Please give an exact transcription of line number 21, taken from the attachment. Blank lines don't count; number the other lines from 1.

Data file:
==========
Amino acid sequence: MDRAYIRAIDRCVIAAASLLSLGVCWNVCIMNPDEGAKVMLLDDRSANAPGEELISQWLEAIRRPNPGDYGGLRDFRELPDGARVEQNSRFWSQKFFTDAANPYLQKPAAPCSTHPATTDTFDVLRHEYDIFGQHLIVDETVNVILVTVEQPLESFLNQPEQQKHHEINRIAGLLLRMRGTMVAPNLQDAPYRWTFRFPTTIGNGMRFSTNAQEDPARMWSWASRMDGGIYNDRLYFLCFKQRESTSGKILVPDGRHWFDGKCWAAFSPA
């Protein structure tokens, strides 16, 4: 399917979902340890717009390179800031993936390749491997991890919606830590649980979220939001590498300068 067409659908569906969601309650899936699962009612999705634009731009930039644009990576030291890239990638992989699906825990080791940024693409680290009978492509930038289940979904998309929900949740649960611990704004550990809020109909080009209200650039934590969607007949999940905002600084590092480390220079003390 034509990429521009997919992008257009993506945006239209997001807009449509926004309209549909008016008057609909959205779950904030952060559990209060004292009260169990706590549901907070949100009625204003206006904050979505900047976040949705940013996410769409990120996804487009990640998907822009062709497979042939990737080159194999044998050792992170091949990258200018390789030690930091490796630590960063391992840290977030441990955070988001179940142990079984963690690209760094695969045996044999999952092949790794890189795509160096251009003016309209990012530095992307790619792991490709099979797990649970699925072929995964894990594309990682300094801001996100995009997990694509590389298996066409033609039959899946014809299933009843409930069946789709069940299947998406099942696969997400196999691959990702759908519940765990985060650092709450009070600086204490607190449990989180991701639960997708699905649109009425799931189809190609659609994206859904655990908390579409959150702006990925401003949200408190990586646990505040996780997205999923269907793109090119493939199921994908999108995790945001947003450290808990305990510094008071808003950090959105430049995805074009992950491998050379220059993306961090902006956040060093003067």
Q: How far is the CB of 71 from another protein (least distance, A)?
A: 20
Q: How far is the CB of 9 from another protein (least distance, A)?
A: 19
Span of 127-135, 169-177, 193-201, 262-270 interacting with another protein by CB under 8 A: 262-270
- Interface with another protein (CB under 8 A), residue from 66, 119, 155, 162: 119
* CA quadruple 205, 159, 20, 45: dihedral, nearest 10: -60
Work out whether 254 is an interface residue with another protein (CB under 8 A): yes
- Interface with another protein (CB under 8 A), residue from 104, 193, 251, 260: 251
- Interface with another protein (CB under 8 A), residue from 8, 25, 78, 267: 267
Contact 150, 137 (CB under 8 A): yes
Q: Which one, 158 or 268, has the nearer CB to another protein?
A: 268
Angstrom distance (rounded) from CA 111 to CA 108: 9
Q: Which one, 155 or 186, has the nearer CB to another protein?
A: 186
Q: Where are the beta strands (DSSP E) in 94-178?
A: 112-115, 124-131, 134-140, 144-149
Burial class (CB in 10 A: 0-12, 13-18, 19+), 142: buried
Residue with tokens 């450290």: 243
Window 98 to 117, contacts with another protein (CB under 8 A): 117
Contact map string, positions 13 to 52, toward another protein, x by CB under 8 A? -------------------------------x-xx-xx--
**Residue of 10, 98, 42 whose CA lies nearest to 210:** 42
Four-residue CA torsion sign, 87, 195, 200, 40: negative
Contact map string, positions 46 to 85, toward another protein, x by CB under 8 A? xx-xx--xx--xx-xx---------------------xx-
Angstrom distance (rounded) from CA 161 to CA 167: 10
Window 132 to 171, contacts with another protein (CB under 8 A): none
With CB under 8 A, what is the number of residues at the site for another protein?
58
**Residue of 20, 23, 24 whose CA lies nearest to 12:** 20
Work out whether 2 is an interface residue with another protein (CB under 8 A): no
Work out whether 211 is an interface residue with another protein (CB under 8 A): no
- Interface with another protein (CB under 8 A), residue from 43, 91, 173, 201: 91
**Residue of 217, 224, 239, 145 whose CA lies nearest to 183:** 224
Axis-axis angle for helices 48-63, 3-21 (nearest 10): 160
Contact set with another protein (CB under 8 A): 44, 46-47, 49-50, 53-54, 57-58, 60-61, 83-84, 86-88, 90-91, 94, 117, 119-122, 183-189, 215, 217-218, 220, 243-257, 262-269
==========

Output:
Burial class (CB in 10 A: 0-12, 13-18, 19+), 142: buried